Skip to main content
Open Access Publications from the University of California

UC Davis

UC Davis Previously Published Works bannerUC Davis

Co-exposure to zymosan A and heat-inactivated Asian sand dust exacerbates ovalbumin-induced murine lung eosinophilia.



Epidemiological studies have implicated Asian sand dust (ASD) in the increased prevalence of respiratory disorders, including asthma. It has been observed that fungal elements such as β-glucan can be adsorbed onto ASD. In the present study, the exacerbating effect of the combined exposure to zymosan A (ZymA) containing yeast β-glucan and heat-inactivated ASD on ovalbumin (OVA)-induced murine lung eosinophilia was investigated.


BALB/c mice were repeatedly instilled intratracheally with one of eight immunogenic formulations consisting of various combinations of (1) ZymA, (2) ASD that was briefly heated to remove organic substances (H-ASD), and (3) OVA in normal saline, or each of the above alone. Pathologic changes, cytological alterations in bronchoalveolar lavage fluid (BALF), changes in inflammatory cytokines and chemokines in BALF, and OVA-specific IgE and IgG1 antibodies in serum were investigated.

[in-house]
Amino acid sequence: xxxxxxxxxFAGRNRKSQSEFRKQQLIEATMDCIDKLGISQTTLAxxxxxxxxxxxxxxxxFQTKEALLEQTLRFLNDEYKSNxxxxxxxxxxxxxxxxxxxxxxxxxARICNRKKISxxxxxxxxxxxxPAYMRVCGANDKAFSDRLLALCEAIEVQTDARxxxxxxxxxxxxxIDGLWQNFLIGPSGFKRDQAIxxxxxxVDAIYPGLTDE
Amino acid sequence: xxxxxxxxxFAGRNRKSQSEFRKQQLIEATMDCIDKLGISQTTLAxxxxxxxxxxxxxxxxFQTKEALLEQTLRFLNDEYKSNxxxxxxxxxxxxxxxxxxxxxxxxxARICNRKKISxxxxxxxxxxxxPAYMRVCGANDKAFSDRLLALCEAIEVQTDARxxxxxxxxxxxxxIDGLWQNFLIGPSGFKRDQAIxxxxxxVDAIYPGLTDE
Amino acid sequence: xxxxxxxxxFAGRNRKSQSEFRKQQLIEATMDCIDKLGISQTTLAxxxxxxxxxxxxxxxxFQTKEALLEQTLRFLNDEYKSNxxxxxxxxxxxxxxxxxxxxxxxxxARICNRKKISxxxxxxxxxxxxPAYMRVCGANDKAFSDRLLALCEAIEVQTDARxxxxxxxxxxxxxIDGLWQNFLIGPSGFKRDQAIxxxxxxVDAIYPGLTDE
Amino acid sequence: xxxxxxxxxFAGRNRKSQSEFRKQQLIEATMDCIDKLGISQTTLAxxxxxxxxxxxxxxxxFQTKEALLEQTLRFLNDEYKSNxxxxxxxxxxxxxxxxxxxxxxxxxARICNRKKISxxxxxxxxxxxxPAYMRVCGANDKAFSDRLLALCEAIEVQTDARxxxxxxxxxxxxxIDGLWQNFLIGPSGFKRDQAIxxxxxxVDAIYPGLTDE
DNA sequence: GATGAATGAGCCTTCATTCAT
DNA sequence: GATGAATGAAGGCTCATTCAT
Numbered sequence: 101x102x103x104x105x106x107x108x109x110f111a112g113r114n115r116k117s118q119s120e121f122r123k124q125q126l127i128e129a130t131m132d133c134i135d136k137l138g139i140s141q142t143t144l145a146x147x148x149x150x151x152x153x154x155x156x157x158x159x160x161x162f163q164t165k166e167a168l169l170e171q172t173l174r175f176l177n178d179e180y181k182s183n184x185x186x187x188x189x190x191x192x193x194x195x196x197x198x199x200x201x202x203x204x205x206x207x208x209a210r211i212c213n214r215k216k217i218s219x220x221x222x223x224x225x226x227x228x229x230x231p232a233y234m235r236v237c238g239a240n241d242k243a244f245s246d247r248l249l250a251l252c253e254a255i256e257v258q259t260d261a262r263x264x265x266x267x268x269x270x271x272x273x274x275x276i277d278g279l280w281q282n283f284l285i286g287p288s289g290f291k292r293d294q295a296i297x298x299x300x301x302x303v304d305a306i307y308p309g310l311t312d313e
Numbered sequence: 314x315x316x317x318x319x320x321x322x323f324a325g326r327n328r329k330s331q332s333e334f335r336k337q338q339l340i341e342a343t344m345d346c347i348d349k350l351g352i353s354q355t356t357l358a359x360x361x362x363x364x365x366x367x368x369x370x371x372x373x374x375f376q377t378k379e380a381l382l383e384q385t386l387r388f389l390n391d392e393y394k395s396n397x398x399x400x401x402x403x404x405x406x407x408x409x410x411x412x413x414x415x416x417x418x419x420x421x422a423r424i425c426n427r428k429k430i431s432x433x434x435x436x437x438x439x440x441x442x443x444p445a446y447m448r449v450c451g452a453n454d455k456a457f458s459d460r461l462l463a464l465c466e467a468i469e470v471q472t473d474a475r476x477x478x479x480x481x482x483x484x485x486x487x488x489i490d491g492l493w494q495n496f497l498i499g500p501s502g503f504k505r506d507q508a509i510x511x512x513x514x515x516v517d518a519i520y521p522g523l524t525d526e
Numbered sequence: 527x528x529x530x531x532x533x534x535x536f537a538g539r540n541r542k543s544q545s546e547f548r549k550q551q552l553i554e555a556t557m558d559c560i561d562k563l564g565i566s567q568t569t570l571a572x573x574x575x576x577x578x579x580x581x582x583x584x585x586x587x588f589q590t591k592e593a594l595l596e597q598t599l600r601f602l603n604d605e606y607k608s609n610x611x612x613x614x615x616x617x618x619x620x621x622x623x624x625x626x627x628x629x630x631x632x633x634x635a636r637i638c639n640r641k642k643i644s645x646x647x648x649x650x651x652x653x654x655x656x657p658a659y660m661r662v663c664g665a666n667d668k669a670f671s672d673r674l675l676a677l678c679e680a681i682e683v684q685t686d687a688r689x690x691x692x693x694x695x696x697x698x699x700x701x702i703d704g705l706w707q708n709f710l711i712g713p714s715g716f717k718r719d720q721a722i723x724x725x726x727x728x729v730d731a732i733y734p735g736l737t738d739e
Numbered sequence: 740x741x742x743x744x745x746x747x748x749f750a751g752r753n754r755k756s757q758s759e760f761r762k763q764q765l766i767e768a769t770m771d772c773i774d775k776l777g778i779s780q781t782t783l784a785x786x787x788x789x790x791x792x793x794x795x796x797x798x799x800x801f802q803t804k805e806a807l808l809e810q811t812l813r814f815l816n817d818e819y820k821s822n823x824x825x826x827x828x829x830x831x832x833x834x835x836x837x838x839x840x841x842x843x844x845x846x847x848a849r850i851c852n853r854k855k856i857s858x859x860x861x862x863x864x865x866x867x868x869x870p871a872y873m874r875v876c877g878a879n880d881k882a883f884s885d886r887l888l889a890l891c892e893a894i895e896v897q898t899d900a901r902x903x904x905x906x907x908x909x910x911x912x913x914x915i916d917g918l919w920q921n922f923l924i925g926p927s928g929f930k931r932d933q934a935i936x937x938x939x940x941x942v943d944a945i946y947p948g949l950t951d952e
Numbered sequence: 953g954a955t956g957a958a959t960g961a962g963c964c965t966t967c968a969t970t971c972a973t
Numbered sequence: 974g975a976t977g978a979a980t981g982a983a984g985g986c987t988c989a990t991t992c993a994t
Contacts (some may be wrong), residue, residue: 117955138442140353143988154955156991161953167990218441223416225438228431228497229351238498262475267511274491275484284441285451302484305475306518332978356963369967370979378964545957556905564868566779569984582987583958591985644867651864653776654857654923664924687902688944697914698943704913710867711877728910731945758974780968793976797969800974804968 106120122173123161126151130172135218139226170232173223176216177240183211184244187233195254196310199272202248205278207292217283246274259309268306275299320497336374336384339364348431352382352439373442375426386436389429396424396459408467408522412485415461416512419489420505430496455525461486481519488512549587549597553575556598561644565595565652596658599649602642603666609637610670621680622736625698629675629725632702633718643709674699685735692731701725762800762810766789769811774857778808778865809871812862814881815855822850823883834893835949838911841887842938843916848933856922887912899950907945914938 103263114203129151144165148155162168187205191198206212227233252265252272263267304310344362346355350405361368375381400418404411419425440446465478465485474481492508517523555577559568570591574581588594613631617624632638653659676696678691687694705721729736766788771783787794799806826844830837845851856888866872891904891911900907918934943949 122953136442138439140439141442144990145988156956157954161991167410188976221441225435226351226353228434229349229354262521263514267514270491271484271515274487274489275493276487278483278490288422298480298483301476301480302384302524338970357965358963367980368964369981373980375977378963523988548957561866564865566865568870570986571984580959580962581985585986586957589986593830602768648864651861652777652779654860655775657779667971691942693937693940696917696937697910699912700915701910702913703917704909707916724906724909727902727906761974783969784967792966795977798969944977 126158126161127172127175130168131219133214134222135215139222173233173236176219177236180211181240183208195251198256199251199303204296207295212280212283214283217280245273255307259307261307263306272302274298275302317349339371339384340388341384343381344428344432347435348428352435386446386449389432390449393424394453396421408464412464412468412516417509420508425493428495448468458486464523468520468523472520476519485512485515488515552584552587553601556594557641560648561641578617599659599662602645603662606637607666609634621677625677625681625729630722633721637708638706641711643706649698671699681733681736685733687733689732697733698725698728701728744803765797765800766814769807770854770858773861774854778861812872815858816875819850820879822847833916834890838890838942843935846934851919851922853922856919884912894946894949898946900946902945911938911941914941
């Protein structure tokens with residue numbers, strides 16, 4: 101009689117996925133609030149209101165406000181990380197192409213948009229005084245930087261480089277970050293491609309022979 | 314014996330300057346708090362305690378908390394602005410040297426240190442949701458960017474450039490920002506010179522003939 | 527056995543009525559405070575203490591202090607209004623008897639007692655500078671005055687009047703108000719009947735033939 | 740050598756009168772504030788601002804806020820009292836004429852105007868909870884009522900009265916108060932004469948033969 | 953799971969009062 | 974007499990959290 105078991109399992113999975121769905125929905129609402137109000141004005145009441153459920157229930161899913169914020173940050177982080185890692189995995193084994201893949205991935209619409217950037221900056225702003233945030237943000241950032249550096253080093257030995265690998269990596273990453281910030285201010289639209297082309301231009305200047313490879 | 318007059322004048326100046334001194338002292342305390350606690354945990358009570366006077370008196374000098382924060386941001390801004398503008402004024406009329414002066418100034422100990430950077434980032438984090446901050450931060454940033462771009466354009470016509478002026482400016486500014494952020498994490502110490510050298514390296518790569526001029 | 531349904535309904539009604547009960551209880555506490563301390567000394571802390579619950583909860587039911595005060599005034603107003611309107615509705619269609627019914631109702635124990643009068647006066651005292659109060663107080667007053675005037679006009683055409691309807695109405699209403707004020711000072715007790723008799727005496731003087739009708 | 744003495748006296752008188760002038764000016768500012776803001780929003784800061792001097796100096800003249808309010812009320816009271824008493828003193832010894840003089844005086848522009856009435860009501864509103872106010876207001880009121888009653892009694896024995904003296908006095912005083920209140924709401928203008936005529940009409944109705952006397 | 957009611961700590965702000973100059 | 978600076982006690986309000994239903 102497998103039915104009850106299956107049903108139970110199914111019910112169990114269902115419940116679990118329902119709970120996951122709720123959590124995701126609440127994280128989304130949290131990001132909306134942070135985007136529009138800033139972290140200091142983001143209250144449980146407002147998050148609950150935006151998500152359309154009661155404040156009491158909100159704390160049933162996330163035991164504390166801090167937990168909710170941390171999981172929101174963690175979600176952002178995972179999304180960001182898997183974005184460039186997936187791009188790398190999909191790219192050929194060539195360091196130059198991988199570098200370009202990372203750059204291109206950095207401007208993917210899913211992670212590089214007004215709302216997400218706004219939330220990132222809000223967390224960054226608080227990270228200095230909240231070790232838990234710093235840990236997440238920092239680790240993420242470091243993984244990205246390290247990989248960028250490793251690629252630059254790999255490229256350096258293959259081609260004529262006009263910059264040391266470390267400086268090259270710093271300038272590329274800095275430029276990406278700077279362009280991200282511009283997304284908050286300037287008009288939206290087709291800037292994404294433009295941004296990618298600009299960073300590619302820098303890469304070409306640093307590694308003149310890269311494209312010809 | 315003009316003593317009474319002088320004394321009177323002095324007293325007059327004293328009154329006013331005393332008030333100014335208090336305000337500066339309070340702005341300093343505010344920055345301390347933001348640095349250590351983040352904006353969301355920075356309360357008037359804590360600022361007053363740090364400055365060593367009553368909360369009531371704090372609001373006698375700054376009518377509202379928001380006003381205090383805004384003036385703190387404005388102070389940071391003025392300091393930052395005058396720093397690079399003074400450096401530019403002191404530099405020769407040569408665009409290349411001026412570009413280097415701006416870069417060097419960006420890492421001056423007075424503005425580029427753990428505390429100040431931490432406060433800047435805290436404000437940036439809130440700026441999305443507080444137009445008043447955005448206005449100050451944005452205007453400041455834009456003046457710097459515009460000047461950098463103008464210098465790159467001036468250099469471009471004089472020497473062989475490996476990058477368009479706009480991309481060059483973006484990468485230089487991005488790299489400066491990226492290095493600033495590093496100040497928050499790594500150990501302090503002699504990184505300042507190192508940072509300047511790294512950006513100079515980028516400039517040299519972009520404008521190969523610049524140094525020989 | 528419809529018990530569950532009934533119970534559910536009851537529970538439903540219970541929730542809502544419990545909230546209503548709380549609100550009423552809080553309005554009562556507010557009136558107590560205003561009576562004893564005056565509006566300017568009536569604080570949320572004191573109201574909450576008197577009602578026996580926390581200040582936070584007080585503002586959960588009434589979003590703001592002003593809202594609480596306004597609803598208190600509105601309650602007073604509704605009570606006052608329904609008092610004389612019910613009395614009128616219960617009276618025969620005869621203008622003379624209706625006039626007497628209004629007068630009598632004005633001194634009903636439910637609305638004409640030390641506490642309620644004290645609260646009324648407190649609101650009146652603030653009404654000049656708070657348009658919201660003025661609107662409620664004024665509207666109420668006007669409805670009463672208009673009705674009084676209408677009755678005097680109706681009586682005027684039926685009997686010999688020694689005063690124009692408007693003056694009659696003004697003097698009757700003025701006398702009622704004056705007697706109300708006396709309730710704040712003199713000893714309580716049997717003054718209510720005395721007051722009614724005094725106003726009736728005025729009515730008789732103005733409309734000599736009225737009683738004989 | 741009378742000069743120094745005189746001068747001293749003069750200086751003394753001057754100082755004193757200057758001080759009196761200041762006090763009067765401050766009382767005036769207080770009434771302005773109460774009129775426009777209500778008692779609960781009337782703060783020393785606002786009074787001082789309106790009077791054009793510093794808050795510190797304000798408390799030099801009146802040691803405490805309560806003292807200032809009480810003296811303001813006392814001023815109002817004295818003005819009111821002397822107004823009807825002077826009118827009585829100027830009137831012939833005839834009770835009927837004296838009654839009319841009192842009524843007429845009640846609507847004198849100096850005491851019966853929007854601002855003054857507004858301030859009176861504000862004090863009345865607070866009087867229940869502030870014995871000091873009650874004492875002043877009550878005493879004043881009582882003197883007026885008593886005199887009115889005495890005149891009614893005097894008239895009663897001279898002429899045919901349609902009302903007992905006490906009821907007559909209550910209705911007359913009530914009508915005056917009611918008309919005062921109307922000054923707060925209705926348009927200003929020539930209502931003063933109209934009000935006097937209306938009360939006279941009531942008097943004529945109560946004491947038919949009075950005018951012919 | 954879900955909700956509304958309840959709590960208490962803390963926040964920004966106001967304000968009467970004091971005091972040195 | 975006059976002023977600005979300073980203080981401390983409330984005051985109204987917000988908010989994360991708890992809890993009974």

Exposure to ZymA with or without OVA had no effect on most indicators of lung inflammation. Exposure to H-ASD with OVA increased the recruitment of inflammatory cells to the lungs and the serum levels of OVA-specific IgE and IgG1. The combination OVA + ZymA + H-ASD induced a marked recruitment of eosinophils and upregulation of T helper 2 (Th2) cytokines (interleukin [IL]-4 and IL-13), IL-6, eotaxin/CCL11, and monocyte chemotactic protein (MCP)-3/CCL7 in BALF and OVA-specific IgE in serum. This treatment also induced the most severe pathological changes in the lungs of mice. ZymA was found to boost the effects of H-ASD, thereby exacerbating the OVA-induced allergic inflammation, even though ZymA alone did not have such effect.


The results suggest that fungal elements such as β-1,3-glucan aggravate the allergic inflammation caused by ASD. Our findings may facilitate prophylaxis of some allergic diseases in Asia.

Many UC-authored scholarly publications are freely available on this site because of the UC's open access policies. Let us know how this access is important for you.

Main Content
For improved accessibility of PDF content, download the file to your device.
Current View